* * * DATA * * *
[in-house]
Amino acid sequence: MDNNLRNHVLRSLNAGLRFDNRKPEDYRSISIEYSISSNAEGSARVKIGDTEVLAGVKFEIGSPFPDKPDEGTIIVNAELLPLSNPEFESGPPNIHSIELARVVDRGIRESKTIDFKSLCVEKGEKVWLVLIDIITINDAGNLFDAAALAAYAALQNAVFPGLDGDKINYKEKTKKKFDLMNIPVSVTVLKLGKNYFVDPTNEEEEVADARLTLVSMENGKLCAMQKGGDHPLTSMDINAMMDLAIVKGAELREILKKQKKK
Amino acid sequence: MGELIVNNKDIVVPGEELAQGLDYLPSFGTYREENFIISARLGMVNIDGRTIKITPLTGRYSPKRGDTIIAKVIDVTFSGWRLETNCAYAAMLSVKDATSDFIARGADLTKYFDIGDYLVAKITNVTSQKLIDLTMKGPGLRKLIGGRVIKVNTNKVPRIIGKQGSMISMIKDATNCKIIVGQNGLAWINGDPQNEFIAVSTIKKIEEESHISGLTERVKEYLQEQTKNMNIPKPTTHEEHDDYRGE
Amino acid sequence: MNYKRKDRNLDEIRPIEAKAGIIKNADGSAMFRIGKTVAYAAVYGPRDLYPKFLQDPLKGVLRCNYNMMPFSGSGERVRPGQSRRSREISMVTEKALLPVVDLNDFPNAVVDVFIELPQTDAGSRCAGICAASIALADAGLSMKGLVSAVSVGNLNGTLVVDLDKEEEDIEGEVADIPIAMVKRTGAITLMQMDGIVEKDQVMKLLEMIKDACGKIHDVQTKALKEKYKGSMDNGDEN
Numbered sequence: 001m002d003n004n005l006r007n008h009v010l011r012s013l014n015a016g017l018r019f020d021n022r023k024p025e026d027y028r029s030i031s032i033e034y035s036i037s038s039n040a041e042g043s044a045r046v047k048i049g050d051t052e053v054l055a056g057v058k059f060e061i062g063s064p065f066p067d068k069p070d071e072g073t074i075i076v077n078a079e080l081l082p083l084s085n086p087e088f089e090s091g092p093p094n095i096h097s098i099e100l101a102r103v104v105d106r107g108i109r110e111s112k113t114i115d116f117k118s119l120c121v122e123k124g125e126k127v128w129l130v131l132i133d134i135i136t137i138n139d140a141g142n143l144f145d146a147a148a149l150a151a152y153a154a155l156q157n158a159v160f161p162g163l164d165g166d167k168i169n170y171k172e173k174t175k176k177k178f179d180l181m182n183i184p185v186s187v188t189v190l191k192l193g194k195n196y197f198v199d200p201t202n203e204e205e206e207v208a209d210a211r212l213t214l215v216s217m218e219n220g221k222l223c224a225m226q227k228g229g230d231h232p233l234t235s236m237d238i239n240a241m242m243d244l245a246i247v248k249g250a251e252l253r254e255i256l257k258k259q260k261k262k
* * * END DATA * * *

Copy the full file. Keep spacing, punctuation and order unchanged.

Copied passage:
[in-house]
Amino acid sequence: MDNNLRNHVLRSLNAGLRFDNRKPEDYRSISIEYSISSNAEGSARVKIGDTEVLAGVKFEIGSPFPDKPDEGTIIVNAELLPLSNPEFESGPPNIHSIELARVVDRGIRESKTIDFKSLCVEKGEKVWLVLIDIITINDAGNLFDAAALAAYAALQNAVFPGLDGDKINYKEKTKKKFDLMNIPVSVTVLKLGKNYFVDPTNEEEEVADARLTLVSMENGKLCAMQKGGDHPLTSMDINAMMDLAIVKGAELREILKKQKKK
Amino acid sequence: MGELIVNNKDIVVPGEELAQGLDYLPSFGTYREENFIISARLGMVNIDGRTIKITPLTGRYSPKRGDTIIAKVIDVTFSGWRLETNCAYAAMLSVKDATSDFIARGADLTKYFDIGDYLVAKITNVTSQKLIDLTMKGPGLRKLIGGRVIKVNTNKVPRIIGKQGSMISMIKDATNCKIIVGQNGLAWINGDPQNEFIAVSTIKKIEEESHISGLTERVKEYLQEQTKNMNIPKPTTHEEHDDYRGE
Amino acid sequence: MNYKRKDRNLDEIRPIEAKAGIIKNADGSAMFRIGKTVAYAAVYGPRDLYPKFLQDPLKGVLRCNYNMMPFSGSGERVRPGQSRRSREISMVTEKALLPVVDLNDFPNAVVDVFIELPQTDAGSRCAGICAASIALADAGLSMKGLVSAVSVGNLNGTLVVDLDKEEEDIEGEVADIPIAMVKRTGAITLMQMDGIVEKDQVMKLLEMIKDACGKIHDVQTKALKEKYKGSMDNGDEN
Numbered sequence: 001m002d003n004n005l006r007n008h009v010l011r012s013l014n015a016g017l018r019f020d021n022r023k024p025e026d027y028r029s030i031s032i033e034y035s036i037s038s039n040a041e042g043s044a045r046v047k048i049g050d051t052e053v054l055a056g057v058k059f060e061i062g063s064p065f066p067d068k069p070d071e072g073t074i075i076v077n078a079e080l081l082p083l084s085n086p087e088f089e090s091g092p093p094n095i096h097s098i099e100l101a102r103v104v105d106r107g108i109r110e111s112k113t114i115d116f117k118s119l120c121v122e123k124g125e126k127v128w129l130v131l132i133d134i135i136t137i138n139d140a141g142n143l144f145d146a147a148a149l150a151a152y153a154a155l156q157n158a159v160f161p162g163l164d165g166d167k168i169n170y171k172e173k174t175k176k177k178f179d180l181m182n183i184p185v186s187v188t189v190l191k192l193g194k195n196y197f198v199d200p201t202n203e204e205e206e207v208a209d210a211r212l213t214l215v216s217m218e219n220g221k222l223c224a225m226q227k228g229g230d231h232p233l234t235s236m237d238i239n240a241m242m243d244l245a246i247v248k249g250a251e252l253r254e255i256l257k258k259q260k261k262k